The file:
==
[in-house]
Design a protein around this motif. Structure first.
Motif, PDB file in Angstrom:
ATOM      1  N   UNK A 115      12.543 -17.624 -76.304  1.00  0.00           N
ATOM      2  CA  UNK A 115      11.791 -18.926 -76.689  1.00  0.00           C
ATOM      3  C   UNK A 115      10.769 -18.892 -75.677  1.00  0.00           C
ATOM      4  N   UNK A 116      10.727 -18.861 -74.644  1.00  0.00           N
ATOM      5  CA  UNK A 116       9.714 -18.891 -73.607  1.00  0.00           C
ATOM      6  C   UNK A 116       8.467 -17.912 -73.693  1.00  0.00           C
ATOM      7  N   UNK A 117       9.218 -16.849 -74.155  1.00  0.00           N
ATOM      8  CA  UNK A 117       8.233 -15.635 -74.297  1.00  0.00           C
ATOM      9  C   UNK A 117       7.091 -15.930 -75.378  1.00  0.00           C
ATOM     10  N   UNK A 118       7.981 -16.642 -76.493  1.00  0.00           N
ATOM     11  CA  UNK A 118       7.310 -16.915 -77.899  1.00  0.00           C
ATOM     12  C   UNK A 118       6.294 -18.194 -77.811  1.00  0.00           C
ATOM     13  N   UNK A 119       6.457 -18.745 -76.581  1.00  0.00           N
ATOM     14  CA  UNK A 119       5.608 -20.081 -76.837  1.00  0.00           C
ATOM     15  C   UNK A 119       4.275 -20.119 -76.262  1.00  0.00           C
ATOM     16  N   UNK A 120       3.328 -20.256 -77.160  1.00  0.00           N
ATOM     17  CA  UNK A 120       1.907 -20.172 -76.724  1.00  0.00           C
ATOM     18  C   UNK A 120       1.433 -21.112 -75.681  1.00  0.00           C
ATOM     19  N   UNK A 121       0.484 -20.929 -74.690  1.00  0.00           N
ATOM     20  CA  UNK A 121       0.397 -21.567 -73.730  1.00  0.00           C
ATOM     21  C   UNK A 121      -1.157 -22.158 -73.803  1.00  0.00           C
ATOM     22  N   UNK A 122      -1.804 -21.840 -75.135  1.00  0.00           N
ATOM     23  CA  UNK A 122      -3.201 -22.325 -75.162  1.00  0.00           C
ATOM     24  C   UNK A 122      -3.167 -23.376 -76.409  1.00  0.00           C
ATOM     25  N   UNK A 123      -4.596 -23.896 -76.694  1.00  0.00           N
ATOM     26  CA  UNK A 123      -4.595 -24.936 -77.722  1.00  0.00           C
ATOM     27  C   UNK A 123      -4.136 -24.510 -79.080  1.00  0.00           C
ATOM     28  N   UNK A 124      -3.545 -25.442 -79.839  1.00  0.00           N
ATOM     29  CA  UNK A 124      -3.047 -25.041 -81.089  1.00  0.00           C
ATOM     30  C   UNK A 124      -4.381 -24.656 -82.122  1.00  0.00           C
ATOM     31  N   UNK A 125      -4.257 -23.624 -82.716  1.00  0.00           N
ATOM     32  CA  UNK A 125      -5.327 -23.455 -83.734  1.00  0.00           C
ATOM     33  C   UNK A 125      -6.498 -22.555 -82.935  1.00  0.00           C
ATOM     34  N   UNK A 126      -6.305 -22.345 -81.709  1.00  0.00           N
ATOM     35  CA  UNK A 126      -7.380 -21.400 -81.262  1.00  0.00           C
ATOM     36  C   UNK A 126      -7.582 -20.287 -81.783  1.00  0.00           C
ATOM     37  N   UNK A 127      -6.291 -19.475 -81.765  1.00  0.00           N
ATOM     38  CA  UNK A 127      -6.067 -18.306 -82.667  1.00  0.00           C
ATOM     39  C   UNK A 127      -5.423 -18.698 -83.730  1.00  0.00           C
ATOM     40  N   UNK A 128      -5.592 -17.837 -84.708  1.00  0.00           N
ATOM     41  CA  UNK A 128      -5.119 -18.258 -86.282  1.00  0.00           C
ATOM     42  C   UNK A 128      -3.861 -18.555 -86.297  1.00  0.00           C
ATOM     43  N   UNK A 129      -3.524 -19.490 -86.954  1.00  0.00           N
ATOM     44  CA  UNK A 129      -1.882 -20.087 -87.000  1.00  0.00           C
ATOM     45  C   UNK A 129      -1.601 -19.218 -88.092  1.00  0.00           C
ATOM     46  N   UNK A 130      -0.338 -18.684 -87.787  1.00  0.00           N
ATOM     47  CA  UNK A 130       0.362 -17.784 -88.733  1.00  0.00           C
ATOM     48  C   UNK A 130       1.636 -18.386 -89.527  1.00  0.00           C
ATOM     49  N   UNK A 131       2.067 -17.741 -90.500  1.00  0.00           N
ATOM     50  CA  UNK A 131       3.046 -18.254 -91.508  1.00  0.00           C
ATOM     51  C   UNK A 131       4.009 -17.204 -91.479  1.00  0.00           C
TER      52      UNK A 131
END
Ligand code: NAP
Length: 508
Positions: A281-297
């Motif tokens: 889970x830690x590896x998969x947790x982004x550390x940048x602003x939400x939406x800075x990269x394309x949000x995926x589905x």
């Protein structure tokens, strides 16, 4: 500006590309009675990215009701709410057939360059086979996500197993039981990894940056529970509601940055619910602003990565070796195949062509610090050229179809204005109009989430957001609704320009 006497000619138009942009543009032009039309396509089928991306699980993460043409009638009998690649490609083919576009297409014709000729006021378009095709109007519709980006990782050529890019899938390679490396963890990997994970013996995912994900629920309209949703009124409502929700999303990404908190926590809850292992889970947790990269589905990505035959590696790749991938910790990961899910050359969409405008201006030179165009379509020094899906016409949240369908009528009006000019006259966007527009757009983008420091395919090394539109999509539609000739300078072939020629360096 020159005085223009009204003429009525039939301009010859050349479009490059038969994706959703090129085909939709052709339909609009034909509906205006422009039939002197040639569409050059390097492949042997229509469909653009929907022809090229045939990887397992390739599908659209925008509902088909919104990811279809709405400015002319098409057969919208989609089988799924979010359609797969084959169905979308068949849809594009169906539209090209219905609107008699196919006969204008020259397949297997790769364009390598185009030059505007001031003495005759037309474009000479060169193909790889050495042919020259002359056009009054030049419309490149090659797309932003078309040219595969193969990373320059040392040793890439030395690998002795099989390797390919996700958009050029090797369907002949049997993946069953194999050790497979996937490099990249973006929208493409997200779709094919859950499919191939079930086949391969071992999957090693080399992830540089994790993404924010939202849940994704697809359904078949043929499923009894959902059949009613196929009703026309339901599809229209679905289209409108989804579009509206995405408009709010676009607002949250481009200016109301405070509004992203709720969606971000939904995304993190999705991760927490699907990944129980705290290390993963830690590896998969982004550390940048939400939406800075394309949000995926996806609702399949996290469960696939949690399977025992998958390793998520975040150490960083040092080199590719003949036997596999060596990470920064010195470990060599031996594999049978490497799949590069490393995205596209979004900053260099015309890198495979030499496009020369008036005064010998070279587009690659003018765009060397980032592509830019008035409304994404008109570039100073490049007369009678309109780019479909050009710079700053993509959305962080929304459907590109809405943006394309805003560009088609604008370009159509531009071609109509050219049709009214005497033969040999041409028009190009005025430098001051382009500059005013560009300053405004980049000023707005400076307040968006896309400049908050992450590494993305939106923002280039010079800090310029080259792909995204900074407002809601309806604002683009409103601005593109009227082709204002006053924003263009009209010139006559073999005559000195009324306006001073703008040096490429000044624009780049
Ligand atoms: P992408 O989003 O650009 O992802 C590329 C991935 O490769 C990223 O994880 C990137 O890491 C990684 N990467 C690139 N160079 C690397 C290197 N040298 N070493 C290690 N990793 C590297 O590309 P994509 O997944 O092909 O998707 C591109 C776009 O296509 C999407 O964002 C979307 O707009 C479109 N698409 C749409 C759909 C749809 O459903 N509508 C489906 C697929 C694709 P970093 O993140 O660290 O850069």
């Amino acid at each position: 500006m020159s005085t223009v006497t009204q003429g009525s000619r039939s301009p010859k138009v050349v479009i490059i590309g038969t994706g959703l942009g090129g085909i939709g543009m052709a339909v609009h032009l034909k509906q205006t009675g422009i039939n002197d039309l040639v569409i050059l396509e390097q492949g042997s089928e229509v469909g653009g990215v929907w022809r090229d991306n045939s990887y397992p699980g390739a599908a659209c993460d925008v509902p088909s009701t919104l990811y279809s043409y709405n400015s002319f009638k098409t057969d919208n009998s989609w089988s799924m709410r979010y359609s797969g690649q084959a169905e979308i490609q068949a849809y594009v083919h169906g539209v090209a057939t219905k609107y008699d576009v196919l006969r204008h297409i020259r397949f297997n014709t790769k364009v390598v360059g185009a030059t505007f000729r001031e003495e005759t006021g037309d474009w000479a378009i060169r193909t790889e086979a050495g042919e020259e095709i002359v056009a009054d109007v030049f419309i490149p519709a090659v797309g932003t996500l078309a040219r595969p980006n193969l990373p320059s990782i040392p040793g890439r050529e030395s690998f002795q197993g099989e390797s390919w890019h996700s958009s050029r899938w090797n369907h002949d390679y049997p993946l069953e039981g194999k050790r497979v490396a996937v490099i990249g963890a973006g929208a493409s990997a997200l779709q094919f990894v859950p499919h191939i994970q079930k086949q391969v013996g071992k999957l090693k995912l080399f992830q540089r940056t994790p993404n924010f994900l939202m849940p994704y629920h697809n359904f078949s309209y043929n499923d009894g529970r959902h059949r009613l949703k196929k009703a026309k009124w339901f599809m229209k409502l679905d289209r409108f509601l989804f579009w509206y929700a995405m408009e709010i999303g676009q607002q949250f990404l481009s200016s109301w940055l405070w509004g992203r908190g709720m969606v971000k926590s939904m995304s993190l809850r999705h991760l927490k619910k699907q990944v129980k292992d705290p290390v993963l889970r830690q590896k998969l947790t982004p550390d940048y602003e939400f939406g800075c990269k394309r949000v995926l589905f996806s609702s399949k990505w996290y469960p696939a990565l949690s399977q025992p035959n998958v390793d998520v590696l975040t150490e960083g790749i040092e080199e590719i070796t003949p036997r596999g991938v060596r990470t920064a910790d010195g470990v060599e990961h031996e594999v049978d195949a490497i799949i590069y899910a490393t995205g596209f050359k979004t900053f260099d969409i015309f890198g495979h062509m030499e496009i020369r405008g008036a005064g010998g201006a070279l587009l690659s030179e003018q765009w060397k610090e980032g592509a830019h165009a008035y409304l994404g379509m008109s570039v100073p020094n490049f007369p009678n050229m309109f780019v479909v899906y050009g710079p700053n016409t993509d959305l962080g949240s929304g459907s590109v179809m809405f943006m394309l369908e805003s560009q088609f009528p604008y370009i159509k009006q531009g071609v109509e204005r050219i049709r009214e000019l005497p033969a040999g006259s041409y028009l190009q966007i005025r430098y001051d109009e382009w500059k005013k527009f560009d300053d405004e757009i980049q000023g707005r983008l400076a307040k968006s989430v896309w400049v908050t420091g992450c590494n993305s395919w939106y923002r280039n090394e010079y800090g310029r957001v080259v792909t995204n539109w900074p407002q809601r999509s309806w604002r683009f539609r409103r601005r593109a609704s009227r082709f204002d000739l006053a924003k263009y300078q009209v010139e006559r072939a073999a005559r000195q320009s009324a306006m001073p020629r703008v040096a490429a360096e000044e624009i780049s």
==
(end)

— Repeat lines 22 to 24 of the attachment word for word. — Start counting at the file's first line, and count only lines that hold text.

ATOM     19  N   UNK A 121       0.484 -20.929 -74.690  1.00  0.00           N
ATOM     20  CA  UNK A 121       0.397 -21.567 -73.730  1.00  0.00           C
ATOM     21  C   UNK A 121      -1.157 -22.158 -73.803  1.00  0.00           C